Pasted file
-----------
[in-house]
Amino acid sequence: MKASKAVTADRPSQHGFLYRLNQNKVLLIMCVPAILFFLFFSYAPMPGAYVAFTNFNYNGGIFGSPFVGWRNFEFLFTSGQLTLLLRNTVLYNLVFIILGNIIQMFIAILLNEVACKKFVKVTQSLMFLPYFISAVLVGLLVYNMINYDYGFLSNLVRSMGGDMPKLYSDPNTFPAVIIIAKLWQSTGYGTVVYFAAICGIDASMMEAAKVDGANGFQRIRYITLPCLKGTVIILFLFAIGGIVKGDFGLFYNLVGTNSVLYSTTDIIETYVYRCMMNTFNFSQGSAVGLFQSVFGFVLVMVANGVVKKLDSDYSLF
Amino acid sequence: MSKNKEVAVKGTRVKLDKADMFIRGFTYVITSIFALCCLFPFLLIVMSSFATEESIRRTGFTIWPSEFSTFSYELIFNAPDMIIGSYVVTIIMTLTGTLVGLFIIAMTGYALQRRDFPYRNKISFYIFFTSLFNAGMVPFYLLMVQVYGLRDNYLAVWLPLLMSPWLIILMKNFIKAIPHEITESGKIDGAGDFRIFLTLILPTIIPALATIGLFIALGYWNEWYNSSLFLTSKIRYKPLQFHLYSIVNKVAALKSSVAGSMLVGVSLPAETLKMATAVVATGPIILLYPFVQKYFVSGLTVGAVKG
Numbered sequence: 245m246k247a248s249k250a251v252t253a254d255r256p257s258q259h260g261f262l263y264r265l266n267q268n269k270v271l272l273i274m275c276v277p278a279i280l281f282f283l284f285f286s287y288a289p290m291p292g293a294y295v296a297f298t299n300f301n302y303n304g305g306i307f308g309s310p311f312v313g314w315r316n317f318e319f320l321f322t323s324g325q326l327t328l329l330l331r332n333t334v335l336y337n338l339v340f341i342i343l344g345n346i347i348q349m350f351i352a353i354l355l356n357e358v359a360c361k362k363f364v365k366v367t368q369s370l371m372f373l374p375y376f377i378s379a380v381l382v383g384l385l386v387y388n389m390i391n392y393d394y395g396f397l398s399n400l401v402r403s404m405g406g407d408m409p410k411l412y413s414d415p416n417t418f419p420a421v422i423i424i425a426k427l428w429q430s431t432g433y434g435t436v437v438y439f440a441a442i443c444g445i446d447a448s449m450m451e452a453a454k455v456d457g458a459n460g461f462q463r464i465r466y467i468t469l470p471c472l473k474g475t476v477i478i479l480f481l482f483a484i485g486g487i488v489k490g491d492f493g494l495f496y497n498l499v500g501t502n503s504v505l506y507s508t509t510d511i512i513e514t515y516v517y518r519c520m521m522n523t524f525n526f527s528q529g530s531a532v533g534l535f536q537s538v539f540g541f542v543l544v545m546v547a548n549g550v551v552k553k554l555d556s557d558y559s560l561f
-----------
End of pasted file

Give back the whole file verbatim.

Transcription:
[in-house]
Amino acid sequence: MKASKAVTADRPSQHGFLYRLNQNKVLLIMCVPAILFFLFFSYAPMPGAYVAFTNFNYNGGIFGSPFVGWRNFEFLFTSGQLTLLLRNTVLYNLVFIILGNIIQMFIAILLNEVACKKFVKVTQSLMFLPYFISAVLVGLLVYNMINYDYGFLSNLVRSMGGDMPKLYSDPNTFPAVIIIAKLWQSTGYGTVVYFAAICGIDASMMEAAKVDGANGFQRIRYITLPCLKGTVIILFLFAIGGIVKGDFGLFYNLVGTNSVLYSTTDIIETYVYRCMMNTFNFSQGSAVGLFQSVFGFVLVMVANGVVKKLDSDYSLF
Amino acid sequence: MSKNKEVAVKGTRVKLDKADMFIRGFTYVITSIFALCCLFPFLLIVMSSFATEESIRRTGFTIWPSEFSTFSYELIFNAPDMIIGSYVVTIIMTLTGTLVGLFIIAMTGYALQRRDFPYRNKISFYIFFTSLFNAGMVPFYLLMVQVYGLRDNYLAVWLPLLMSPWLIILMKNFIKAIPHEITESGKIDGAGDFRIFLTLILPTIIPALATIGLFIALGYWNEWYNSSLFLTSKIRYKPLQFHLYSIVNKVAALKSSVAGSMLVGVSLPAETLKMATAVVATGPIILLYPFVQKYFVSGLTVGAVKG
Numbered sequence: 245m246k247a248s249k250a251v252t253a254d255r256p257s258q259h260g261f262l263y264r265l266n267q268n269k270v271l272l273i274m275c276v277p278a279i280l281f282f283l284f285f286s287y288a289p290m291p292g293a294y295v296a297f298t299n300f301n302y303n304g305g306i307f308g309s310p311f312v313g314w315r316n317f318e319f320l321f322t323s324g325q326l327t328l329l330l331r332n333t334v335l336y337n338l339v340f341i342i343l344g345n346i347i348q349m350f351i352a353i354l355l356n357e358v359a360c361k362k363f364v365k366v367t368q369s370l371m372f373l374p375y376f377i378s379a380v381l382v383g384l385l386v387y388n389m390i391n392y393d394y395g396f397l398s399n400l401v402r403s404m405g406g407d408m409p410k411l412y413s414d415p416n417t418f419p420a421v422i423i424i425a426k427l428w429q430s431t432g433y434g435t436v437v438y439f440a441a442i443c444g445i446d447a448s449m450m451e452a453a454k455v456d457g458a459n460g461f462q463r464i465r466y467i468t469l470p471c472l473k474g475t476v477i478i479l480f481l482f483a484i485g486g487i488v489k490g491d492f493g494l495f496y497n498l499v500g501t502n503s504v505l506y507s508t509t510d511i512i513e514t515y516v517y518r519c520m521m522n523t524f525n526f527s528q529g530s531a532v533g534l535f536q537s538v539f540g541f542v543l544v545m546v547a548n549g550v551v552k553k554l555d556s557d558y559s560l561f